The rest of the article will summarise the key points discussed.
The affective, cognitive and behavioural dimensions of empathy
Nicki describes empathy as the capacity to: understand others; share the feeling of others; and provide an adequate response. It thus consists of three dimensions: the affective; the cognitive, which involves understanding the feelings and experiences of others; and the behavioural, which involves enacting an appropriate action.
Within engineering, Nicki advocates for an extension of the definition of empathy beyond that associated with empathic design. She considers empathic engagement as key to better relationships with colleagues as well as the wider public, other sentient beings, and future generations.
A model of empathy for engineering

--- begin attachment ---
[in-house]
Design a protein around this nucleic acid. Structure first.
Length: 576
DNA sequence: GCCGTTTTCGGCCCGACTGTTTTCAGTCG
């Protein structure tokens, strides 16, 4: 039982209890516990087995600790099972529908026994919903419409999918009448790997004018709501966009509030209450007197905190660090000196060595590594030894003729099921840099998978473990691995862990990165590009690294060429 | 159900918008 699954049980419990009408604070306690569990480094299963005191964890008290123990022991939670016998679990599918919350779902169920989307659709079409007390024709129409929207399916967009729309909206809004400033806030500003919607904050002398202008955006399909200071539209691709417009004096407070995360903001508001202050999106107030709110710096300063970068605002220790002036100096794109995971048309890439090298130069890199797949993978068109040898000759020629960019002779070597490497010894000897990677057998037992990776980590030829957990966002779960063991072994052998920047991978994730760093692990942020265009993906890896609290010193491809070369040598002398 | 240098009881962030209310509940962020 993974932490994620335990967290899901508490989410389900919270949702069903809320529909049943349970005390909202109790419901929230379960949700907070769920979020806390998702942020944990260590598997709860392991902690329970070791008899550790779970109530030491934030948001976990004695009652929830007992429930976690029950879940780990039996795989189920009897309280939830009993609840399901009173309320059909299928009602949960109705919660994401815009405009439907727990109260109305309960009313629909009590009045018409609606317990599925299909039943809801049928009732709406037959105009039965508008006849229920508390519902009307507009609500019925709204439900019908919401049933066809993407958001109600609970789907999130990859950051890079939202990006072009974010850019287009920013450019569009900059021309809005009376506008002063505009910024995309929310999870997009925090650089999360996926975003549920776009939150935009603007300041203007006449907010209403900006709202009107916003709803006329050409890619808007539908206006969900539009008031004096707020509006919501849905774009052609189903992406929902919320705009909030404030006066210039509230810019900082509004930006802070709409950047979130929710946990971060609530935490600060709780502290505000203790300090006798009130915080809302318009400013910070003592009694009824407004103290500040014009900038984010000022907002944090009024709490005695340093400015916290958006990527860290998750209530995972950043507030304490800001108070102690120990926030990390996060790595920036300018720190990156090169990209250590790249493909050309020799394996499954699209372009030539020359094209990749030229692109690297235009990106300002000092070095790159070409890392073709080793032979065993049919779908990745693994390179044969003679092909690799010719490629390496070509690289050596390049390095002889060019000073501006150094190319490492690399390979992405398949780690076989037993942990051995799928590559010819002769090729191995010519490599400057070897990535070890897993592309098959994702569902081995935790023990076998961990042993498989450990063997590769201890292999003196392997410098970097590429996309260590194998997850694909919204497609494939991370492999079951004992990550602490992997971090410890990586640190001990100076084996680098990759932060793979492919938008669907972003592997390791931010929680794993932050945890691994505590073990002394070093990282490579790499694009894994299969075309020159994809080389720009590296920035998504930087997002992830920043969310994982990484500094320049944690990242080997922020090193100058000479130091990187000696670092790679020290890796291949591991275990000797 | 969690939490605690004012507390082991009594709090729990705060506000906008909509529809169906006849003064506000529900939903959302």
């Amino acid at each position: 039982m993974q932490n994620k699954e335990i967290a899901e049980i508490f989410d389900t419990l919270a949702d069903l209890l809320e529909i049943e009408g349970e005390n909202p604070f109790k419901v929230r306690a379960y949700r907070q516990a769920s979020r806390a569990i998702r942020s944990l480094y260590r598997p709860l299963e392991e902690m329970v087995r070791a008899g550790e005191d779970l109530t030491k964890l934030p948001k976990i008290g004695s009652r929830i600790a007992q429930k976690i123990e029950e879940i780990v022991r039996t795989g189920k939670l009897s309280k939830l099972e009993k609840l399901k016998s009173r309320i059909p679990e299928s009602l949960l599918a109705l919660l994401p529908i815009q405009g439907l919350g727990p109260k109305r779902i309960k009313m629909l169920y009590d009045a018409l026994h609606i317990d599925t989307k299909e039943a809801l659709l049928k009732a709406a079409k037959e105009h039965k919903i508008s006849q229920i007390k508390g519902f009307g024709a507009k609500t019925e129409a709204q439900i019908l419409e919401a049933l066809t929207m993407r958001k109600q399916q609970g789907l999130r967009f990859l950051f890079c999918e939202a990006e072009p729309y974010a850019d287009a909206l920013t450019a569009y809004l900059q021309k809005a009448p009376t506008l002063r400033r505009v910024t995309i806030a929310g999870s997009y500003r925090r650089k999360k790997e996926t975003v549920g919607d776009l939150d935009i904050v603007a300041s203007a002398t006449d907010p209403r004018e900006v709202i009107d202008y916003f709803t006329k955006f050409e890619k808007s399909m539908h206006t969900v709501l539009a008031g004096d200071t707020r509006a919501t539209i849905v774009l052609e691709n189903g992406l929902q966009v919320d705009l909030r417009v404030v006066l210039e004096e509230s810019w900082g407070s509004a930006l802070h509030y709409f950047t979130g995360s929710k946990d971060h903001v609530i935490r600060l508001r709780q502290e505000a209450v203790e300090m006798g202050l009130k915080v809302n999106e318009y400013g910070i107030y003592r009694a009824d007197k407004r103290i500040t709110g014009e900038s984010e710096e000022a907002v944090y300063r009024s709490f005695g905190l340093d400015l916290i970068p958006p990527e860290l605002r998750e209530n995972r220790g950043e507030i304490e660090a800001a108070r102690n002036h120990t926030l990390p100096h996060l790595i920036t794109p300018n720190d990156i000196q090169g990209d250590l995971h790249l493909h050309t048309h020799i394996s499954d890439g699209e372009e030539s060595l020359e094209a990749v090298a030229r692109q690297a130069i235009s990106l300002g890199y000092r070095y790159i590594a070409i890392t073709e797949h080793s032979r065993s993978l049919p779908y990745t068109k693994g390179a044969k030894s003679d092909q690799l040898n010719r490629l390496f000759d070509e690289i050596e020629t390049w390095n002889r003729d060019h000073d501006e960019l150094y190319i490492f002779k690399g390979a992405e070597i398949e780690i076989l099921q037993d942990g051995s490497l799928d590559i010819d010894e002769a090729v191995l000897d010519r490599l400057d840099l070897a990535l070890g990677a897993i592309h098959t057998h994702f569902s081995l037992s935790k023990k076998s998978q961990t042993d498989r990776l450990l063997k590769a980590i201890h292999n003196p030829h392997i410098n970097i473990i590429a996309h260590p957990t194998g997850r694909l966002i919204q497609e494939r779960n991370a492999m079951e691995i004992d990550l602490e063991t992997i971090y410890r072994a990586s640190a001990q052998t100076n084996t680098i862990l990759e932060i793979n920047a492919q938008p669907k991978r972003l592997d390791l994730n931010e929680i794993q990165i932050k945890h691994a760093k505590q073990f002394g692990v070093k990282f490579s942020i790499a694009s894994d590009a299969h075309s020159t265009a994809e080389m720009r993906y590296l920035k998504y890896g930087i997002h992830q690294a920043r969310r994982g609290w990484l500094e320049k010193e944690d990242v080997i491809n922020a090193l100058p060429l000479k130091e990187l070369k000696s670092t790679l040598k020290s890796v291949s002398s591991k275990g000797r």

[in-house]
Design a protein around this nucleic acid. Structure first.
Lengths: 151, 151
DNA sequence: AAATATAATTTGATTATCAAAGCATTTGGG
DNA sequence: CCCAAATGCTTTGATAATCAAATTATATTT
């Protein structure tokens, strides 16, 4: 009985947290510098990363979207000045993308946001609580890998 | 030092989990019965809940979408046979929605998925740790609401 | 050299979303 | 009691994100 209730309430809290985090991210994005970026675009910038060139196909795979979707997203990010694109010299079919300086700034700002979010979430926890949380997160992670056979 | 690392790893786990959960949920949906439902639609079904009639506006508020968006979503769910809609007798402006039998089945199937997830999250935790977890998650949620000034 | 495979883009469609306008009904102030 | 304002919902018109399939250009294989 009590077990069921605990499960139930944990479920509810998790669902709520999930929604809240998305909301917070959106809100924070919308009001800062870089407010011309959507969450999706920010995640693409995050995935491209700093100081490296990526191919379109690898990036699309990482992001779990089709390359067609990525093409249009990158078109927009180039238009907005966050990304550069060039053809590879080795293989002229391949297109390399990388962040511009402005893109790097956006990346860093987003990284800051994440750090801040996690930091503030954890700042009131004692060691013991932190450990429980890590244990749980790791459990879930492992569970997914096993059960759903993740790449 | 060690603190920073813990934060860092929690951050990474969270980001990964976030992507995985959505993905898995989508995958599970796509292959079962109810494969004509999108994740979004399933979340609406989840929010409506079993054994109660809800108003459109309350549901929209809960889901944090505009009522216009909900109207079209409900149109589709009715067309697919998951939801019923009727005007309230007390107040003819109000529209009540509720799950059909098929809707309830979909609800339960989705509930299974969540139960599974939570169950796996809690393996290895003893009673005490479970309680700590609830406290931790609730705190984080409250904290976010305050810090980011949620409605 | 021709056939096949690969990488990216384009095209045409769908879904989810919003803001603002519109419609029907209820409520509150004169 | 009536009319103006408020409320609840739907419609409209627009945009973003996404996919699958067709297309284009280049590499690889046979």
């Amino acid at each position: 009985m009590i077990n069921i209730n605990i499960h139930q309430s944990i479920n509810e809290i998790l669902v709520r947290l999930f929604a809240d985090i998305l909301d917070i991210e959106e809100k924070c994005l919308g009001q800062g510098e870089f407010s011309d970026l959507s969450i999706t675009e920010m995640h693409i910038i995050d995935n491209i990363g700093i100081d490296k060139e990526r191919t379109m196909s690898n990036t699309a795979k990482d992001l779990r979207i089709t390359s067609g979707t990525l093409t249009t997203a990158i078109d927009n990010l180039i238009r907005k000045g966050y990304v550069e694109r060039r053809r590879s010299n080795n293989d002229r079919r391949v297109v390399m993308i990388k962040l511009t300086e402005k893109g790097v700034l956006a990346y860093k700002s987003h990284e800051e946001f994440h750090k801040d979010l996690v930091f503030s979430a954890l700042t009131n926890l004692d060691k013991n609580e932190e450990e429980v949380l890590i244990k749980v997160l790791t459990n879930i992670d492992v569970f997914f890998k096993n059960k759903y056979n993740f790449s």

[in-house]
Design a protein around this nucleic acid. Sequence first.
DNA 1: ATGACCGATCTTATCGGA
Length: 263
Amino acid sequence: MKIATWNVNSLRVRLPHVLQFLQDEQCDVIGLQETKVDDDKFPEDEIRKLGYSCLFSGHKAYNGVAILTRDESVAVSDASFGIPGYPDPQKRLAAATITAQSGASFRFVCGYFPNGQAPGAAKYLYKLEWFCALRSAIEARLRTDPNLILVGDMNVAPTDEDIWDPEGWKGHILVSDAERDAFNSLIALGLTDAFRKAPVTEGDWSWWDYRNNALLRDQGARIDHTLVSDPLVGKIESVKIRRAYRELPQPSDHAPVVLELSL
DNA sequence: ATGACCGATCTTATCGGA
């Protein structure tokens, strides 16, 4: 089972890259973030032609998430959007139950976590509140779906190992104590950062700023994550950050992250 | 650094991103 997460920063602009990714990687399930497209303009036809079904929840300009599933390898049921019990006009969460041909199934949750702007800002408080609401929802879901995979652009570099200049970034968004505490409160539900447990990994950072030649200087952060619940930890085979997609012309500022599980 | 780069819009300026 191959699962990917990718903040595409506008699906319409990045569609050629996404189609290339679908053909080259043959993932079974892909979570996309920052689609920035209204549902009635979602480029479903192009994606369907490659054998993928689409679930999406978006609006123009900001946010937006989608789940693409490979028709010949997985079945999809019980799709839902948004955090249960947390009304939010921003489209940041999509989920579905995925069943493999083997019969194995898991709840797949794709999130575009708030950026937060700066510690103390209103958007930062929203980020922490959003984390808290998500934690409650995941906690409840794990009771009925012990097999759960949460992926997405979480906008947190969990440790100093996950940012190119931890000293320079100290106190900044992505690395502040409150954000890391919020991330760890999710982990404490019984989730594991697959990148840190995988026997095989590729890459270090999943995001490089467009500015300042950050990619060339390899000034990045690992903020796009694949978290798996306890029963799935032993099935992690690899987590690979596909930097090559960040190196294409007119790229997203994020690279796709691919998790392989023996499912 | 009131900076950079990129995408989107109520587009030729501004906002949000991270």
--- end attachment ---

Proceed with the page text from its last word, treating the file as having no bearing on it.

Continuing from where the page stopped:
Nicki describes a model which conceptualizes empathy as a skill, a practice orientation, and a professional way of being. The skill dimension consists of five distinct, socio-cognitive processes (affective sharing, self and other awareness, perspective taking, emotional regulation, mode switching) which form the basis for empathic communication, relationship building, and decision making. To effectively deploy these skills, some reflection about orientation can help and the orientation dimension thus encompasses mental dispositions (commitment to values pluralism, reflective value awareness, micro to macro perspective, epistemological openness) that influence how engineers and engineering students engage in practice situations, and influence whether they engage empathically. The being dimension includes ‘whole professional’, ‘holistic service to society’ and ‘dignity, worth of people and natural environment’, and highlights the need to situate empathic skills, practice orientations, and their development within a contextualizing framework of broader values. Nicki provides an example of how the three dimensions work together, saying that a ‘commitment to values pluralism’ (orientation) means that when you interact with other people you recognise that it is valid for them to have values different to those of your own. Approaching a situation with that orientation thus enables you to engage more effectively in ‘perspective taking’ (skill).